Several authors have reported the effectiveness of CM injected (9) or extended (10) over the stenotic area in pediatric cases of RES. CM is an anthracycline with antineoplastic and anti-proliferative properties due to its capacity to inhibit the activity of fibroblasts, suppressing the formation of fibrosis and scares due to apoptosis. It has been used for the treatment of stenosis in ophthalmology and otolaryngology (9,11,12).

We present 6 cases of RES treated with BS and/or CM which may provide a new approach in this population so often treated with interventional procedures.

 

Methods

Six patients have been included (February 2010-December 2013). All the procedures took place in an operating room under general anesthesia, and with endoscopic support. We normally used pediatric endoscopes (Pentax EG-1580K and 5.9 mm Olympus GIF-XP160), but in children over 15 kg we used larger diameter endoscopes (9.2 mm Olympus GIF-165) as this makes the technique easier (there is no need for guide wire exchange) and this also shortens the anesthesia times.

In 4 children, an endoscopic gastrostomy was also placed. In one of them, this was used as a lower access point for stenosis canulation and introduction of a BS.

Stent placement procedure

In 3 cases, customized BS ("SX ELLA-BD" by ELLA-CS, Hradec Kralove, Czech Republic) were placed after measuring the stenosis length, the portion of healthy esophagus over and above the stricture and the diameter of the esophagus, especially at the proximal end. We ordered BS according to these measurements, with a smaller introducer system in an 8 month-old child, as the standards (28F) were too big for this patient. In this case we used a straight stent with no cups because there was not enough room in the introducer. In the other 2 cases, as the esophagus was significantly dilated, standard BS were used.

In all the cases soft and low radial force dilation was performed initially (HERCULES balloon by COOK-WINSTON, Salem, USA), so the introducer system could be placed. All the patients were under proton-pump inhibitors for the treatment of gastroesophageal reflux and anti-reflux surgery had been previously done in 2 patients.

C-mitomycin procedure (Fig. 1)

 

 

We prefer the use of endoscopes with a working channel greater than 2.8 mm as the procedure can be done in just one step. The stenotic area needs to be dilated (10-12 mm balloons) (1a, 2a) prior to CM administration. The technique will be different depending on the stenosis length (Fig. 1): in short strictures (< 1 cm) 0.4 ml of CM (0.4 mg/ml) is injected in every quadrant (1b) (13); in long strictures (> 1 cm) we perform an adaptation of the technique described by Broto (14):

- After placement of the guide wire the endoscope is removed.

- As a technical innovation a 15mm biliary extraction balloon is placed distal to the stenosis (this prevents CM migration and damage of healthy tissue) (2b).

- Using a double lumen biliary brush, CM (0.4 mg/ml) is carefully distributed over the stenosis (2c). The total amount of CM depends on the child's weight: in children < 12.5 kg, 2.5 ml of CM are used; in patients > 12.5 kg, 5 ml are administered.

- Then a 8 mm balloon is inflated for 5 minutes in order to provide a closer adherence of CM to the esophageal wall (2d).

- Finally the esophagus is cleaned up with water and all the liquid is removed using the endoscope (2e).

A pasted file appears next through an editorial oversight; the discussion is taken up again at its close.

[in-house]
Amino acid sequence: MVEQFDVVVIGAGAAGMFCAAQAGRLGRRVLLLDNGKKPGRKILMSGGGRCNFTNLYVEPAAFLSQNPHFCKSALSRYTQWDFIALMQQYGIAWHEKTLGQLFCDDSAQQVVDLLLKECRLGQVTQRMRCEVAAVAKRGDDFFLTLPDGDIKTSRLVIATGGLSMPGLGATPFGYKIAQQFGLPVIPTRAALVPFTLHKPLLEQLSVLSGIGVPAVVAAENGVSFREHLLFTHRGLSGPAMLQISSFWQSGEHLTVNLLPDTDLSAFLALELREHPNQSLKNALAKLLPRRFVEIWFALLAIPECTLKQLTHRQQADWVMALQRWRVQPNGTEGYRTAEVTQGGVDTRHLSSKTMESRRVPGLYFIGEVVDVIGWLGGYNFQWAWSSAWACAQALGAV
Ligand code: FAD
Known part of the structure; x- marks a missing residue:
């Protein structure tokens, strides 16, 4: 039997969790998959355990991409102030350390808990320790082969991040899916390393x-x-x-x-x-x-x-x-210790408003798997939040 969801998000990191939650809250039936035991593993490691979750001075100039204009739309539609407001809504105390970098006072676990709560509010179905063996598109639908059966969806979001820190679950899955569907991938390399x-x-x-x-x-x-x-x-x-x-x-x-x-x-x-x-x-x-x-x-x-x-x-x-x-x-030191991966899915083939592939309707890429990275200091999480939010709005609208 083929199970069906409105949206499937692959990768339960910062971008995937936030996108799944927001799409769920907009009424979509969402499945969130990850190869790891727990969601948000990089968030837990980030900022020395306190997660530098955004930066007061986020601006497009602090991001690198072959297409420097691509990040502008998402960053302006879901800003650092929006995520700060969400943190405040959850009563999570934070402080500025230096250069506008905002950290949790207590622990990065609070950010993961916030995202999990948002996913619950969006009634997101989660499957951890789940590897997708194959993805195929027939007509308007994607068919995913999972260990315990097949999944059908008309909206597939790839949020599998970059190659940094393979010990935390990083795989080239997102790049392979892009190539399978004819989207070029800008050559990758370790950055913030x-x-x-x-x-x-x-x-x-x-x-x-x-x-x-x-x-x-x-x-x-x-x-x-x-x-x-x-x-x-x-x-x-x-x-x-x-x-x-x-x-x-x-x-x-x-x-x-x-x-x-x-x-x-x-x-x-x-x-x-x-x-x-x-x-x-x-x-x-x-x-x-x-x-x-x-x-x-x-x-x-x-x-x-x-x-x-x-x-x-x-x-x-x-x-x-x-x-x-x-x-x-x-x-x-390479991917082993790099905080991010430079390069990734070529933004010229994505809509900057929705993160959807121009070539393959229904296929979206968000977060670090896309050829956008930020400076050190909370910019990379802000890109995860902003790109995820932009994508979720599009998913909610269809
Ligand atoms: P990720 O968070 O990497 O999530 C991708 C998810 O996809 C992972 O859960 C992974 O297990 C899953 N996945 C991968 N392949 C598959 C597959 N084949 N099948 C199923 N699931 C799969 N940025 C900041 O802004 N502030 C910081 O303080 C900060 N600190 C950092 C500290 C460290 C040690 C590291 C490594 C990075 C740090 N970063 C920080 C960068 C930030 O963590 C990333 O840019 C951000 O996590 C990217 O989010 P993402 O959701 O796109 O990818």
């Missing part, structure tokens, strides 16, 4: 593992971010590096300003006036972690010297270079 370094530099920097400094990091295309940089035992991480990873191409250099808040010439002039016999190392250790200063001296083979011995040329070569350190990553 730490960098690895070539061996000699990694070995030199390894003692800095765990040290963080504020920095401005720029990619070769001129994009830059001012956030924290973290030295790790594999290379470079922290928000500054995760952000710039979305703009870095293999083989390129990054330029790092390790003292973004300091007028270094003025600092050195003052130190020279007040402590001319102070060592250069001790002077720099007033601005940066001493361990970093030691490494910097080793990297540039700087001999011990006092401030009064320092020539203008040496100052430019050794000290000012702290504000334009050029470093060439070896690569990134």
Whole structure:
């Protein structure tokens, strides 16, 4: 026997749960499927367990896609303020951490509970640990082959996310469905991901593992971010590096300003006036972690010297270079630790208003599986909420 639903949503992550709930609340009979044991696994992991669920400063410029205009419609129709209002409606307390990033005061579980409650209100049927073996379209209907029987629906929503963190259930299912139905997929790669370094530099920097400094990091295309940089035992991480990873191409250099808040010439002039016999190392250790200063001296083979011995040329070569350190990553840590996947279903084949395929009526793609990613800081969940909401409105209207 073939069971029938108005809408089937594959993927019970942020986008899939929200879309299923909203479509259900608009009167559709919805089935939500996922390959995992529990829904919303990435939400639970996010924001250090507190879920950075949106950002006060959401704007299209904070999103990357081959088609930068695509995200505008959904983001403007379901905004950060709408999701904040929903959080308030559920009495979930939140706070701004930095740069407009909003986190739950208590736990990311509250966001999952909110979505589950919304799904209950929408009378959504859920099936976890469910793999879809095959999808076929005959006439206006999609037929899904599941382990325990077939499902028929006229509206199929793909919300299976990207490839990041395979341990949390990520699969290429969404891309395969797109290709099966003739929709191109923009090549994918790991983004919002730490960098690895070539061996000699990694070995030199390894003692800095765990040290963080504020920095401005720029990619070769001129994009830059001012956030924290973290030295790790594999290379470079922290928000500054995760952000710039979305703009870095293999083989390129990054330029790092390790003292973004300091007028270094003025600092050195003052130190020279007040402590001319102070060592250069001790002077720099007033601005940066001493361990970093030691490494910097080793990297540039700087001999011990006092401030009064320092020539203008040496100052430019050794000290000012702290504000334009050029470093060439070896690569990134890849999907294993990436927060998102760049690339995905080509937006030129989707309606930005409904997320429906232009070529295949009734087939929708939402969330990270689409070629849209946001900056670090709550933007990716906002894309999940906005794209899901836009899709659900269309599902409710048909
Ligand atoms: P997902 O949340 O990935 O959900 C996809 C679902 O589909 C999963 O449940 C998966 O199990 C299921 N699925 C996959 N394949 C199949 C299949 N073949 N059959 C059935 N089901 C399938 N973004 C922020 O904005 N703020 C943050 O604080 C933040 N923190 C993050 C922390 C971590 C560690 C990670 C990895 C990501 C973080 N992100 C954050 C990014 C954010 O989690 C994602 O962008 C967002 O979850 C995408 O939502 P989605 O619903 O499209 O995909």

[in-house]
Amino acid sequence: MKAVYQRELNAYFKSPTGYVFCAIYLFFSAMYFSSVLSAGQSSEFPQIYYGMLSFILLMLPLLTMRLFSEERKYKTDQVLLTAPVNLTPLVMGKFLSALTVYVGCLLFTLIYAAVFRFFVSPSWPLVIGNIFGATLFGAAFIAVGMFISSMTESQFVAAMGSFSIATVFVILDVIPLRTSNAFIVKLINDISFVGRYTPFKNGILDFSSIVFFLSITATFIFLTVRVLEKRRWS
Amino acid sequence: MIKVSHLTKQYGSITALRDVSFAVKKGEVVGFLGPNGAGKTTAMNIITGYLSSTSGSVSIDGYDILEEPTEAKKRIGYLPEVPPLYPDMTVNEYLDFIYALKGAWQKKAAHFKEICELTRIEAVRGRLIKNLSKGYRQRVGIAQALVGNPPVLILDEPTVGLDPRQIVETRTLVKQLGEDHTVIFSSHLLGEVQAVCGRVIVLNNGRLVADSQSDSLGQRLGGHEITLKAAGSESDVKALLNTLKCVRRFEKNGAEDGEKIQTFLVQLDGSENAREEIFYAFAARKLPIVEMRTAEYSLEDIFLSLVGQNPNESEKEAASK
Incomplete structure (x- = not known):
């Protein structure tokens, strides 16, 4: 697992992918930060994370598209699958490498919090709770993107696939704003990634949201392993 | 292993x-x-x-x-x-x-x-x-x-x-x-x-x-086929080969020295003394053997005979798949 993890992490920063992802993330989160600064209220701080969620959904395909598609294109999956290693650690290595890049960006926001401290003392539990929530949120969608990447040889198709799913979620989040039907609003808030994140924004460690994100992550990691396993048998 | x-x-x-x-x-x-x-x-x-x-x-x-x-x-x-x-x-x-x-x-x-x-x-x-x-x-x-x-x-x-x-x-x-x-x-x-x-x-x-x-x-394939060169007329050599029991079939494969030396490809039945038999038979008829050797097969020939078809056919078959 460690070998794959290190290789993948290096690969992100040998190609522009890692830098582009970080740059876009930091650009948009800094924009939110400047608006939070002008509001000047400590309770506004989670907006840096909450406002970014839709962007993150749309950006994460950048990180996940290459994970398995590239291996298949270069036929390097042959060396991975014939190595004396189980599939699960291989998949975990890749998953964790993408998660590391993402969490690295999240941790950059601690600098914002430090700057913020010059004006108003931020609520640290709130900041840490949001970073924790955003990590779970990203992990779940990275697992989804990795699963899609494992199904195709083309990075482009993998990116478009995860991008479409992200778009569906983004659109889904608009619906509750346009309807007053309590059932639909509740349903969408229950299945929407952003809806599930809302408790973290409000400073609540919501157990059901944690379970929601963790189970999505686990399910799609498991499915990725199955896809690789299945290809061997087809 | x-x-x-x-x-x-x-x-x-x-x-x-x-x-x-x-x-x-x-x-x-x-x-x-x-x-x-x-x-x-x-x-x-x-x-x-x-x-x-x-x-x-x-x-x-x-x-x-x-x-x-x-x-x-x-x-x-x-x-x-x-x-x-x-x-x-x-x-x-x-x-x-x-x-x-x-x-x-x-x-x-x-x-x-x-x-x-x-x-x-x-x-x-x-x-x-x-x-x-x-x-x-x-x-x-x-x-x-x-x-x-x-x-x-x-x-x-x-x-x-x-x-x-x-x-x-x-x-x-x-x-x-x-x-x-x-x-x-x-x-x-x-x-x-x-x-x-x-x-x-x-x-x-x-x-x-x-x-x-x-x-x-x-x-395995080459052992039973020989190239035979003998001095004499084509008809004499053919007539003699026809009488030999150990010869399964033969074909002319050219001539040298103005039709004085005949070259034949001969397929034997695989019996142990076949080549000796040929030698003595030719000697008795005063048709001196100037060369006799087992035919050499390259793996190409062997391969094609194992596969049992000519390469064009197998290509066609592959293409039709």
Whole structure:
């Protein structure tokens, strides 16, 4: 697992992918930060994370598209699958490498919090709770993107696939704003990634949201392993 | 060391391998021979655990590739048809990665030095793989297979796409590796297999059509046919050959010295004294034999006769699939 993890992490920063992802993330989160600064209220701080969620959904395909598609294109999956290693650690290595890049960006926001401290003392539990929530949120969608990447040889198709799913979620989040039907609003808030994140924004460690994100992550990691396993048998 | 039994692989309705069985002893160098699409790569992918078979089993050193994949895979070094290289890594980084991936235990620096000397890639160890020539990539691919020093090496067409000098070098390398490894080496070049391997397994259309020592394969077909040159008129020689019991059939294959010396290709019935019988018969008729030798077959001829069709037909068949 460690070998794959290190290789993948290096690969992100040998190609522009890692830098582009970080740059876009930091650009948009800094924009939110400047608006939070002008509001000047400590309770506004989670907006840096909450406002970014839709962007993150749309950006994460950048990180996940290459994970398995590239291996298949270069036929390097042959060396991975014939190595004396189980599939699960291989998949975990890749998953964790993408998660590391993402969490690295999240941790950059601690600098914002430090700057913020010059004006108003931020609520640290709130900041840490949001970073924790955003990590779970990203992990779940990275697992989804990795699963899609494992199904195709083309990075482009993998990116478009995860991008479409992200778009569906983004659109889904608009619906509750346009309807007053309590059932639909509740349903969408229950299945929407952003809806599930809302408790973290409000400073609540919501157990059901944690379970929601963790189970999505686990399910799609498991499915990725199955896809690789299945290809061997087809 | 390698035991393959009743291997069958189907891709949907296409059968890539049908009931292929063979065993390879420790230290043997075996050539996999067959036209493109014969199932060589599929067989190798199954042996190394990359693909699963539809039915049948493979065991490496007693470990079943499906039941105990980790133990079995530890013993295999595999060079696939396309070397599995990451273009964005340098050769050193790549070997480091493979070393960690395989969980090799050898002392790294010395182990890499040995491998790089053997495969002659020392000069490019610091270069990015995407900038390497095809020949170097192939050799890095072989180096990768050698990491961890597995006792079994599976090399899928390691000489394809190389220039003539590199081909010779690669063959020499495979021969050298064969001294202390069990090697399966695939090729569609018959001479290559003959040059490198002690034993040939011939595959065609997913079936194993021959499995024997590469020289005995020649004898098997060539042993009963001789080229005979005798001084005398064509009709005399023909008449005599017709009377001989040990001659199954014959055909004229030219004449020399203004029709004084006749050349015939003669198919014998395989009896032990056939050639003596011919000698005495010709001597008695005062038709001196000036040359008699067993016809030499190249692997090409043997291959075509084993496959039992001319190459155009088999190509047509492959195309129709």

In children younger than 2 years old (or under 10 kg) it is not possible to use a biliary brush if the stenosis is long. In this situation we only apply CM over the stenosis and extend it with a smaller brush.

The decision about the initial use of BS or CM was based on the previous evolution of the stenosis and its length. In short, for stenosis with no previous complications we started with CM. In patients with an associated fistula, previous complications or long stenosis, we decided to use BS first.

 

 

Results

We present the descriptive analysis of a prospective case series of RES in children who have been treated with alternative techniques such as BS and CM.

Case 1

A 6 year-old girl with severe esophagitis and gastritis after caustic ingestion. After one month the patient underwent dilation due to esophageal stricture, presenting a mild perforation which was treated conservatively. After 4 months the patient was sent again for esophageal and antral dilation. The gastric stricture was resolved (6 dilations), but the esophageal remained (9 dilations). After 10 months a "ELLA" BS (16 x 60 mm - customized) was placed.

The child reported intermittent thoracic pain for 4 months, with a good response to medical treatment. Moreover, she presented stenosis due to proximal hyperplasia (resolved after 3 dilations). Distal stenosis recurred after 4 months (as long as the stent was absorbed) with the need for more dilations. After 9 months we decided to use CM injection in this patient (2 sessions) with a good response. Eighteen months later this child still has a good oral intake.

Case 2

A 3 year-old boy presented with a VACTERL syndrome (esophageal and anorectal atresia) requiring multiple surgical reconstructions and a gastrostomy.

There was a need for dilations due to stenosis of the esophageal-ileo-coloplasty, but these were discontinued as he presented with a cervicothoracic abscess. After one year, as dilations were unsatisfactory and the fistula remained, a "ELLA" BS (fully covered stent, 18 x 60 mm - customized) was placed. We faced great technical difficulties as the anatomy of proximal esophagus was severely altered, so we used the gastrostomy orifice to pull out the wire-guide. During follow-up the patient presented with a new cervical abscess (because the stent moved distally) and this was treated with replacement of the BS and antibiotics. After 8 months he presented with re-stenosis and CM was then used, with the placement of a second stent (uncovered). Finally, after absorption of this stent the fistula was resolved, but a complete esophageal stenosis occurred.